Whether you use Mediterranean or Mexican oregano can impact a recipe's taste.
Oregano is one of the few herbs that retains much of its flavor when dried, which is why we call for it in many recipes. Oregano's aroma compounds are less volatile than those of other herbs, meaning that more remain after the leaves are dried. There are two general categories of oregano: Mediterranean and Mexican, which come from different plants. Mediterranean oregano (Origanum vulgare) is a member of the mint family and a close relative of marjoram, while Mexican oregano (Lippia graveolens) is a member of the verbena family and a close relative of lemon verbena. Both plants contain a phenolic compound called carvacrol, which gives both herbs their distinctive, pungent flavor.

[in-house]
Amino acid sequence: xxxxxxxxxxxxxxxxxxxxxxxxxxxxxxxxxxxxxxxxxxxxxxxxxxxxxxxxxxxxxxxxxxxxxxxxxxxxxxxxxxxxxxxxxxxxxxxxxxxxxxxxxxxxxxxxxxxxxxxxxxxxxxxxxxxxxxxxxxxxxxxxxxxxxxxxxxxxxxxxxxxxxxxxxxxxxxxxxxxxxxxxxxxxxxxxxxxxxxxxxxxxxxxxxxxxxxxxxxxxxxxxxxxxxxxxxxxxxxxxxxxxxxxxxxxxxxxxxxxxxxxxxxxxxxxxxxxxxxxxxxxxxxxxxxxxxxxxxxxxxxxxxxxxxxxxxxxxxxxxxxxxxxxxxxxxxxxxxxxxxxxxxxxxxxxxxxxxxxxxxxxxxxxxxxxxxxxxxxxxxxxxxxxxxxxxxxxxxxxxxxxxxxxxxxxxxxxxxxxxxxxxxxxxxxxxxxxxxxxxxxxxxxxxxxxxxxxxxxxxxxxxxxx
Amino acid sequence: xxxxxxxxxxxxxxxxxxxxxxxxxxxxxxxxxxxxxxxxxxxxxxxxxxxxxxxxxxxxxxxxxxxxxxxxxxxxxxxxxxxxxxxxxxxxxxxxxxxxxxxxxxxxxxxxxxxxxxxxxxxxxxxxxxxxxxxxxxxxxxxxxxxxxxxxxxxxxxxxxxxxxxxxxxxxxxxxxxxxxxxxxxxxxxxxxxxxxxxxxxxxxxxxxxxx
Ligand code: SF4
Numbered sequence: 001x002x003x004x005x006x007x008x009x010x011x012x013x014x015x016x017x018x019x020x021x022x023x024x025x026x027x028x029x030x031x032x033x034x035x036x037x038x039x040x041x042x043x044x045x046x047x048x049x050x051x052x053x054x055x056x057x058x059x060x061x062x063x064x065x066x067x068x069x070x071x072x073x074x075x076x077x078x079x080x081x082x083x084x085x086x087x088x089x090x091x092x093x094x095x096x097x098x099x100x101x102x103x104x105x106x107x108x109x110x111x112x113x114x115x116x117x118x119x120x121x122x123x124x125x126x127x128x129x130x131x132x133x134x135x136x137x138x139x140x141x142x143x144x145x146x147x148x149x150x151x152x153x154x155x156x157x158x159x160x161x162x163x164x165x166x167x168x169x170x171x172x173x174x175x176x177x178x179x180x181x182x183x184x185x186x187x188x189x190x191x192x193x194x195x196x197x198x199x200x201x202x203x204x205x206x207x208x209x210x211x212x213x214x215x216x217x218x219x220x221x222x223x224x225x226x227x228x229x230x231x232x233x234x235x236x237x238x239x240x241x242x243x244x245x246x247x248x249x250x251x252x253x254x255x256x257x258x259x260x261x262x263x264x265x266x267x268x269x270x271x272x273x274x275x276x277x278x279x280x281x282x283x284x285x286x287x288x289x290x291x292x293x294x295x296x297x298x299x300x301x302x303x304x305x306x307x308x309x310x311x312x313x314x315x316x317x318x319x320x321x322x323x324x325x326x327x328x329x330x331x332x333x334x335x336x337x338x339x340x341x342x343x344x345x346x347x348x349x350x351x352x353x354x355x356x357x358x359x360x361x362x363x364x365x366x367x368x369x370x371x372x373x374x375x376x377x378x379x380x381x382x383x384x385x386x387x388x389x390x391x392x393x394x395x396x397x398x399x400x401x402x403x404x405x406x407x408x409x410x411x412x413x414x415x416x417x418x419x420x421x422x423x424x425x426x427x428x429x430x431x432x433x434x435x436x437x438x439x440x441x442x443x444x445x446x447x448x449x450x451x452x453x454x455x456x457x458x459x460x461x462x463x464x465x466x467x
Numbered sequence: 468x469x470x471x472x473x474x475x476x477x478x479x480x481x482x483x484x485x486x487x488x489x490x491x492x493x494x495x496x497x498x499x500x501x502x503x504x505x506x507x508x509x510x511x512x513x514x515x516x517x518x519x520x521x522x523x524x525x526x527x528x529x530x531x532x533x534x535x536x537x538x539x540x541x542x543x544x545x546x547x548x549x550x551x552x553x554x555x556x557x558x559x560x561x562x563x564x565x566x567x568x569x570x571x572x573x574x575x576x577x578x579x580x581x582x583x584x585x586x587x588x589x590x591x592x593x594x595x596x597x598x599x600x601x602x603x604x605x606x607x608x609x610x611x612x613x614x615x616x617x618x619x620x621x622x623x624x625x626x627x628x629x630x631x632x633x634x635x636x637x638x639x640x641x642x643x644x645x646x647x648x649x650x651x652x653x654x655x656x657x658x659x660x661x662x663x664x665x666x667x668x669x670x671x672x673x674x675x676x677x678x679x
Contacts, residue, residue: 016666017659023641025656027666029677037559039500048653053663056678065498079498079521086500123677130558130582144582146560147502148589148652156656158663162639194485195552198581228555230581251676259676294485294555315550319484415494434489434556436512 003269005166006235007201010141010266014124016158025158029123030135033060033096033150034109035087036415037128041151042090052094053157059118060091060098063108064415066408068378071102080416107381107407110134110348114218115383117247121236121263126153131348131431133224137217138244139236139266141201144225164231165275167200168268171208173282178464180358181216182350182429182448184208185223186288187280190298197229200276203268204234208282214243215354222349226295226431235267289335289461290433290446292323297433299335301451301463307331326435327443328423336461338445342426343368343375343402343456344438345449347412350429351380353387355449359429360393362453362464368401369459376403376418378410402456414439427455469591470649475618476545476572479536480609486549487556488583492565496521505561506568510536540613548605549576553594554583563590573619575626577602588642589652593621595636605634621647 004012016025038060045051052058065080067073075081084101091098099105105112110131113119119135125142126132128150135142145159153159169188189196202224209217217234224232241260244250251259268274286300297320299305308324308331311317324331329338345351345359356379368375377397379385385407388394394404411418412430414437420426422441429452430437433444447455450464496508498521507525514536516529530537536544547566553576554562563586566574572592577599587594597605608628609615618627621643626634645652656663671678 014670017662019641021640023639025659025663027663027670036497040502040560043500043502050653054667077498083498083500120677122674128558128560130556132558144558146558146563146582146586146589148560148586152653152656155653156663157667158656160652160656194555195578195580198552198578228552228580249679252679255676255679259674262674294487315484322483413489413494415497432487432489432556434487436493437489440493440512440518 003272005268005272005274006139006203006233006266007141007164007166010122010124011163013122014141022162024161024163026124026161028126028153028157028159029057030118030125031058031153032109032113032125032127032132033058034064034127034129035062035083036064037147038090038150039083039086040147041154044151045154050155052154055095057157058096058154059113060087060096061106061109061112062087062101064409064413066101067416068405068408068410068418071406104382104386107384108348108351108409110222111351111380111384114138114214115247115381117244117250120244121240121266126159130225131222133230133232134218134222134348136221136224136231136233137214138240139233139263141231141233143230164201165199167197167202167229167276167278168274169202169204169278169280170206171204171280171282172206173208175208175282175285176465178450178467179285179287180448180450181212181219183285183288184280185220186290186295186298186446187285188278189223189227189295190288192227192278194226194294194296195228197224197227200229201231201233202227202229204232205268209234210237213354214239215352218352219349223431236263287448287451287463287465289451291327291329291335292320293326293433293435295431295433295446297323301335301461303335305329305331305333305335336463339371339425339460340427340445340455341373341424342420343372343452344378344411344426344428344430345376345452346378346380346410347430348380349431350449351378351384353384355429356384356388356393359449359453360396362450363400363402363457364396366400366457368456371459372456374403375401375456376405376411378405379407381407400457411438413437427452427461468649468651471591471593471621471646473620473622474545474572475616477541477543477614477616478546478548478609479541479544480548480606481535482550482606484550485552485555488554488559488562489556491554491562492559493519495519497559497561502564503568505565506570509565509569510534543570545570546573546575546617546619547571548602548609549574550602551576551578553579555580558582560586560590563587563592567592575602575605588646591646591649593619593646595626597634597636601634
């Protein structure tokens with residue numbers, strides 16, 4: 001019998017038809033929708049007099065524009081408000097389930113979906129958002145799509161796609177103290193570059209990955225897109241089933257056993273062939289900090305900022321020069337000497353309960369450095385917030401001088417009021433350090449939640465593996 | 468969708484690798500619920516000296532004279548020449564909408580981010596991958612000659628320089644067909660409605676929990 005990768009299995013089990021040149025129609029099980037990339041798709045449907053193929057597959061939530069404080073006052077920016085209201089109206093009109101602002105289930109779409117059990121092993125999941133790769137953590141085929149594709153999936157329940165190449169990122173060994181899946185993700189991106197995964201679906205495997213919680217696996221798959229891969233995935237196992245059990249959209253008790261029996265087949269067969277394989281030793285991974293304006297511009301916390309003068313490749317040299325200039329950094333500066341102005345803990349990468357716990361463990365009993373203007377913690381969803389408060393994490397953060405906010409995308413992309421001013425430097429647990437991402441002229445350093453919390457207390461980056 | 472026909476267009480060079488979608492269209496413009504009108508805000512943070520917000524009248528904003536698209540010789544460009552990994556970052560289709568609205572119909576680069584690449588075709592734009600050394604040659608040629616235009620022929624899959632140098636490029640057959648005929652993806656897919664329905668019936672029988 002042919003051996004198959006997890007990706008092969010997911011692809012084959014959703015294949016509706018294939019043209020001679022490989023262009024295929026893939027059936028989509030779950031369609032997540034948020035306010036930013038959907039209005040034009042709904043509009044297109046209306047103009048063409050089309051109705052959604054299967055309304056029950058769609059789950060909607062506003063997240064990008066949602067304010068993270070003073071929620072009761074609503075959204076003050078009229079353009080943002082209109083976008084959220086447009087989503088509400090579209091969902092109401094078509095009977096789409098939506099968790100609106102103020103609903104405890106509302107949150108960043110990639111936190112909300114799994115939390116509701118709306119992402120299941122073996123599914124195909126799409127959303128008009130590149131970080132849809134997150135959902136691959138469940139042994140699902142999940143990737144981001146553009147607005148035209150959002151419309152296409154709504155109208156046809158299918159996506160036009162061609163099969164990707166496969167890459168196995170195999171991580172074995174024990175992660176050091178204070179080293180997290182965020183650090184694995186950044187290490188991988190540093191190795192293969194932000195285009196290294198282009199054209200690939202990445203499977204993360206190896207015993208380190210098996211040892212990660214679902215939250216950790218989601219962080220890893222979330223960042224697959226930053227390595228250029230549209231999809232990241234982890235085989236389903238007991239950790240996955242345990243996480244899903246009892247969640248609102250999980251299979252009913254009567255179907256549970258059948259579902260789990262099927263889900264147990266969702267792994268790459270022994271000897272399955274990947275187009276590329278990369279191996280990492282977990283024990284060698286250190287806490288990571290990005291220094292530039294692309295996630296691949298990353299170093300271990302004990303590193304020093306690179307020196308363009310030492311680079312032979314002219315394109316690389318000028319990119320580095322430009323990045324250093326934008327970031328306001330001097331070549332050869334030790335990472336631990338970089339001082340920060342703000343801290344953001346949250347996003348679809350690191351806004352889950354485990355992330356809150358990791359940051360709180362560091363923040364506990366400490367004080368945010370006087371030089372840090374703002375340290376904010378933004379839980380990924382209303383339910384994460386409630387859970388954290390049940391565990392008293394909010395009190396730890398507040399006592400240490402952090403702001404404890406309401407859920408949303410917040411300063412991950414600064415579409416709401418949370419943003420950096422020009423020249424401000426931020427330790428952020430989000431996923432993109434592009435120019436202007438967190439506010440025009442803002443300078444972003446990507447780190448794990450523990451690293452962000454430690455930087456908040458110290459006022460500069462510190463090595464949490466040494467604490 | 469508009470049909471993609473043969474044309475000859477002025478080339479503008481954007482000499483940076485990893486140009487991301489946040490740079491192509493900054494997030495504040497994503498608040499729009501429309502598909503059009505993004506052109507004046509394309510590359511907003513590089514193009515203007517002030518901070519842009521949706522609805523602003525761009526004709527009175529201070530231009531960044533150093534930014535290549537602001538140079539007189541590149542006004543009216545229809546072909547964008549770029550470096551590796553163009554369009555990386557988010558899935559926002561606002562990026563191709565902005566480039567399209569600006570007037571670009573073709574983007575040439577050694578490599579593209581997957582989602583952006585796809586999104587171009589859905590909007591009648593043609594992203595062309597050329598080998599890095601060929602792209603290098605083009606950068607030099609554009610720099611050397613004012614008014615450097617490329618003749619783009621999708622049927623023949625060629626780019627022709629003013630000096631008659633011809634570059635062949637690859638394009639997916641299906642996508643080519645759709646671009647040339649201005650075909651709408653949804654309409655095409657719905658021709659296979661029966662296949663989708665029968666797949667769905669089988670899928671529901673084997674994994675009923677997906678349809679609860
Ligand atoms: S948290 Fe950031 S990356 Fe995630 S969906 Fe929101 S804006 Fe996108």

We tried both types in tomato sauce and mojo-marinated skirt steak and noticed minimal differences. The Mediterranean oregano was milder and faintly sweeter, while the Mexican type was stronger, with a hint of menthol.
As with other dried herbs, oregano's volatile compounds will eventually dissipate. Whichever kind you choose, be sure to store it in a cool, dry, dark place to preserve its flavor. Discard your oregano if it's faded in color or has lost its distinctive aroma.